The offense of DWI is a complicated crime unto itself, and there are many tactics available to defend against the charge. For instance, if the State is relying on breath test results to prove intoxication, oftentimes the defense will attack the science of the intoxilyzer instrument itself, which will involve intense cross-examination of the prosecution’s expert witness with the objective of discrediting the science of infrared spectrometry breath alcohol instruments. On the other hand, if a blood test is involved, your attorney might focus on the collection and storage of the blood sample, as well as the science involved in analyzing the vile of blood taken at the time of your arrest.

Perhaps the second most common strategy is to contest whether your level of intoxication (if indeed you were legally intoxicated), was actually the cause of the accident. Your attorney may be able to establish that the driver of the other vehicle was actually at fault, and that the accident would have happened regardless of your intoxication. For instance, if the other driver ran a stop sign and crashed into the side of your vehicle as you were driving carefully down the roadway, then chances are good that a jury would conclude that the alcohol you had consumed was not a factor in the collision.

Another key element that is subject to attack is whether the resulting injuries of the innocent party fall into the definition of “serious bodily injury.” In order to challenge this element effectively, it may be necessary to hire an expert medical witness to examine the medical records and testify on your behalf. Oftentimes, however, the injuries may be so severe that any attacks on this element would backfire if presented to a jury, which means that your attorney may decide that the best strategy is to focus on other elements of the State’s burden of proof.

The bottom line is that Intoxication Assault is a complicated offense for the State to prove, and for your attorney to defend. Due to the amount of science involved, you should expect your attorney to have specialized expertise in the defense DWI-type cases.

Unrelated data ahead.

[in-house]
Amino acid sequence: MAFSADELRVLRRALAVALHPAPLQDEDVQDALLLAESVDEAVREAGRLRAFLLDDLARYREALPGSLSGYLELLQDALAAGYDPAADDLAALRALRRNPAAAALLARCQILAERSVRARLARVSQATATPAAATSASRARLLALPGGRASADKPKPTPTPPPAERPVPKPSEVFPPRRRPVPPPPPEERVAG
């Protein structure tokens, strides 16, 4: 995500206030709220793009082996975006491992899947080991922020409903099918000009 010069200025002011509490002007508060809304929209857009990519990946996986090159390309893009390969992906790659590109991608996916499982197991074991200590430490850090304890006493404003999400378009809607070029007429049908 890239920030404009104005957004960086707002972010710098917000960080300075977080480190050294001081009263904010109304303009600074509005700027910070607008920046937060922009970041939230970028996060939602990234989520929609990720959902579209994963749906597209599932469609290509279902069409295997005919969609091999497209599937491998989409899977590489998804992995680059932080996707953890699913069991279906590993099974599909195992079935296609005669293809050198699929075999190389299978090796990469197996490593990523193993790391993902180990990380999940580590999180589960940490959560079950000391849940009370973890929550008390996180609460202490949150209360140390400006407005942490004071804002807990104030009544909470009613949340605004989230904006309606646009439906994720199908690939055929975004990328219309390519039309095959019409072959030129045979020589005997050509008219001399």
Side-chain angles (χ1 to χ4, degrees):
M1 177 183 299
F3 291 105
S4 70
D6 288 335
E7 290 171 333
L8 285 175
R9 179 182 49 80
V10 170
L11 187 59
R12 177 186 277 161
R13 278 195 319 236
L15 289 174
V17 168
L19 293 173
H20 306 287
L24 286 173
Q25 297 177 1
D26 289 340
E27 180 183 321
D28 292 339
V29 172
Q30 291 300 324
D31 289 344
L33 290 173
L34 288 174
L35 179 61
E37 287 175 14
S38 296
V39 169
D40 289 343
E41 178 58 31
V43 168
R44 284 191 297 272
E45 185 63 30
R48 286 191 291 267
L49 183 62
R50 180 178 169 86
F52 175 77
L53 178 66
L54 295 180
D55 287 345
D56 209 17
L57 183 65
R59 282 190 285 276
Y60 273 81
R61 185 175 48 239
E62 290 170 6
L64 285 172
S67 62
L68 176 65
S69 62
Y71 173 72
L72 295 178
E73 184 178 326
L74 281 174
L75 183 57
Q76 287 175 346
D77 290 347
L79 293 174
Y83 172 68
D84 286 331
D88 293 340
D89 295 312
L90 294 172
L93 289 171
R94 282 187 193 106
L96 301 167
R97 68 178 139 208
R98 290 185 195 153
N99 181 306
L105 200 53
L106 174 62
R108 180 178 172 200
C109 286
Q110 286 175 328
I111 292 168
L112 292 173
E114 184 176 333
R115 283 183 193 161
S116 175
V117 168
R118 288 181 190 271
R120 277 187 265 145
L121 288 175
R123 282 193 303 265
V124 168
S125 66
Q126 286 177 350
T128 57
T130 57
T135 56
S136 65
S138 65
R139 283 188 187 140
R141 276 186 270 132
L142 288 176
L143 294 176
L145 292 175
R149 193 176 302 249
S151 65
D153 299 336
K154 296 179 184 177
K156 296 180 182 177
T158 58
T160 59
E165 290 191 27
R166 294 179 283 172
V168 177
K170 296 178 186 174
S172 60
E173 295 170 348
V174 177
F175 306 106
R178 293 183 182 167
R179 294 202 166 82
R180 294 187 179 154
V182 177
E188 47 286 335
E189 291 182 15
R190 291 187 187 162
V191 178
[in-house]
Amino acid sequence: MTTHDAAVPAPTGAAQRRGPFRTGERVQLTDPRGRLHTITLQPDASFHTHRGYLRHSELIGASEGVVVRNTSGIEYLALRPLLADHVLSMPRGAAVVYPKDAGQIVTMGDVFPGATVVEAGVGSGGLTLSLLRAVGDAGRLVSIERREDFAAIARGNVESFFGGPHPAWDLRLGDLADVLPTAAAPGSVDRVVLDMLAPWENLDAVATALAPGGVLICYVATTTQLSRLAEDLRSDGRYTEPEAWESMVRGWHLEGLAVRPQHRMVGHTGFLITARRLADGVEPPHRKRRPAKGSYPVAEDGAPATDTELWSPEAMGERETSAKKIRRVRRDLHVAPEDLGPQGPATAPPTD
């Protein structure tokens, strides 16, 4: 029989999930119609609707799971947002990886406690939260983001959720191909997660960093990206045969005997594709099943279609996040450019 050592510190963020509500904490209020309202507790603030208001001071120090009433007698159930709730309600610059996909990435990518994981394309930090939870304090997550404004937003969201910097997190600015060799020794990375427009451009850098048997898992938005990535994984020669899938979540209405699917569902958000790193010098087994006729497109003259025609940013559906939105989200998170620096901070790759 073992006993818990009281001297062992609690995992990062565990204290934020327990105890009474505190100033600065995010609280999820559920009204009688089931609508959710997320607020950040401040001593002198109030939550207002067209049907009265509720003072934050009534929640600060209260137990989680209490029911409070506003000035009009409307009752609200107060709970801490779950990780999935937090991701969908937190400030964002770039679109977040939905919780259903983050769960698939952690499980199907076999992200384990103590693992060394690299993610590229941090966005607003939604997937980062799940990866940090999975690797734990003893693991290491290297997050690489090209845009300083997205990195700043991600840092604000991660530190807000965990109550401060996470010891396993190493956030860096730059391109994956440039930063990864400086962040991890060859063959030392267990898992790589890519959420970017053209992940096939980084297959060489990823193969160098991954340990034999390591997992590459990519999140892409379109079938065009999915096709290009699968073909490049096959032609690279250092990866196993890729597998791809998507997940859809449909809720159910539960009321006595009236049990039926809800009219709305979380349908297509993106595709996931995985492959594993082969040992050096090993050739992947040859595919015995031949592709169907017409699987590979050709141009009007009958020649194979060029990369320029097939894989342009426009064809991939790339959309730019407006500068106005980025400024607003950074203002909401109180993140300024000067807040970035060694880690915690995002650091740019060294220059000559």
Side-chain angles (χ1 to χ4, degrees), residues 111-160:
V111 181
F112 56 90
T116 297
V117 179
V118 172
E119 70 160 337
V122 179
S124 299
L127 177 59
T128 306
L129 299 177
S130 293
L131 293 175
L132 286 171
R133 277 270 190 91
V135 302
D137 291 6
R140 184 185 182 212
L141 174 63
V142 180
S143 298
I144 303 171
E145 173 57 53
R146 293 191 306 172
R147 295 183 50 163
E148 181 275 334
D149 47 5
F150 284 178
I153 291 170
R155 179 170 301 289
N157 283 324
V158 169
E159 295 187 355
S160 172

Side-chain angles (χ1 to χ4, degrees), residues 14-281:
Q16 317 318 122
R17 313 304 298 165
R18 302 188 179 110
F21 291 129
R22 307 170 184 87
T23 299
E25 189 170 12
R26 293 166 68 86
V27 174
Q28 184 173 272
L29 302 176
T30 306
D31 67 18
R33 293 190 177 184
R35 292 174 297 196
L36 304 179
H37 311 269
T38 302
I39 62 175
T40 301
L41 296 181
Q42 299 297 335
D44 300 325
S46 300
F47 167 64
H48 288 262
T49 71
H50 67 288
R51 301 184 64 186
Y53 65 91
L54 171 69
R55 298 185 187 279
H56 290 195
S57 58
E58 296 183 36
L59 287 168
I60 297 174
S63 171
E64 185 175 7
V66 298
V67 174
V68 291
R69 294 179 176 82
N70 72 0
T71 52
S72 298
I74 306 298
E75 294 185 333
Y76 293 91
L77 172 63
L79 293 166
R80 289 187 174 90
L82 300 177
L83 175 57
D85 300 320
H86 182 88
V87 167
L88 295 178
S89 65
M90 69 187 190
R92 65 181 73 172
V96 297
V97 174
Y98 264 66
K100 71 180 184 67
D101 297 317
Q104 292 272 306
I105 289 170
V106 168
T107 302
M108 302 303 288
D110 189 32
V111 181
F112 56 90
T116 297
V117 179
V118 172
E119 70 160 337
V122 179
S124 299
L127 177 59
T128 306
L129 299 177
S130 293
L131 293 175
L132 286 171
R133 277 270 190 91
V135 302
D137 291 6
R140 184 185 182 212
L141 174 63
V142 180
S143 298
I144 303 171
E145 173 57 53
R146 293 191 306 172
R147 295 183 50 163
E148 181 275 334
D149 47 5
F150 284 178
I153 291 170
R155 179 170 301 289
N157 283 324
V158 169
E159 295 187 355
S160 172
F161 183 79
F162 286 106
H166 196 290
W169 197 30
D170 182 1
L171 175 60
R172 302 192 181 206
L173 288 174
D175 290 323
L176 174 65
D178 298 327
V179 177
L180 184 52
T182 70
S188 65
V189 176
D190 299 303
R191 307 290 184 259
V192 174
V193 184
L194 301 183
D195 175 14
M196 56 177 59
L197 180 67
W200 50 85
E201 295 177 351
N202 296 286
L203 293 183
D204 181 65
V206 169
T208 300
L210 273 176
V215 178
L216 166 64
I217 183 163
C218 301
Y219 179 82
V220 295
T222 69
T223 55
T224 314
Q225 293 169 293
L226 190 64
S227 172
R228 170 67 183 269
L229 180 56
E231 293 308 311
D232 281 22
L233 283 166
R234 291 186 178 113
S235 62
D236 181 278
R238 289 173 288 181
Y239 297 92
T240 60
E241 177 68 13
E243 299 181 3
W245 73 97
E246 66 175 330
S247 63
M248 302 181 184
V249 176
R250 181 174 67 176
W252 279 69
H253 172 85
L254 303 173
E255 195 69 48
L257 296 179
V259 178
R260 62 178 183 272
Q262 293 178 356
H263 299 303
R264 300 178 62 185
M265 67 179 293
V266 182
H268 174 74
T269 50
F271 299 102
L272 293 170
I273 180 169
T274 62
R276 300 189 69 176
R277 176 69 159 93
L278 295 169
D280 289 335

Not every lawyer, not even every experienced criminal lawyer, will give you effective representation in this type of case. You need, and should demand, that your attorney be competent to represent you with a charge of Intoxication Assault.

How can I get more information about this topic?

If you are charged with Intoxicated Assault, DWI, or related crime you should contact a competent defense attorney skilled in the practice of criminal law immediately in order to start work on your defense.  The Bigham Law Firm has the attorneys with the experience, and resources to properly represent you in these difficult types of cases.  

If you would like more information about how to protect yourself in any criminal case, please call the Bigham Law Firm at (979) 743-4153 for a free consultation. 

THE BIGHAM LAW FIRM

PERSONAL INJURY | CRIMINAL DEFENSE | FAMILY LAW

Ken Bigham Jr. has nearly three decades of experience navigating the law to protect his clients from unfair treatment by insurance companies, the government and corporations. He believes that Bigham Law’s purpose is to provide outstanding value to its clients and compassionate service to its community. 

FREE CONSULTATION

This firm gave me my life back. Before Ken and his team I almost gave up hope and caved. He gave me back a chance to finish my schooling, move past what was done to me, and handed back the tools I needed to be a man.

Here I am now a father to a beautiful little girl and building a small business. I can say if I didn’t meet Ken, the story would have been not quite the same. Nothing but love and appreciation from me and my family.

J.S. 2019

Criminal Defense, Facebook Review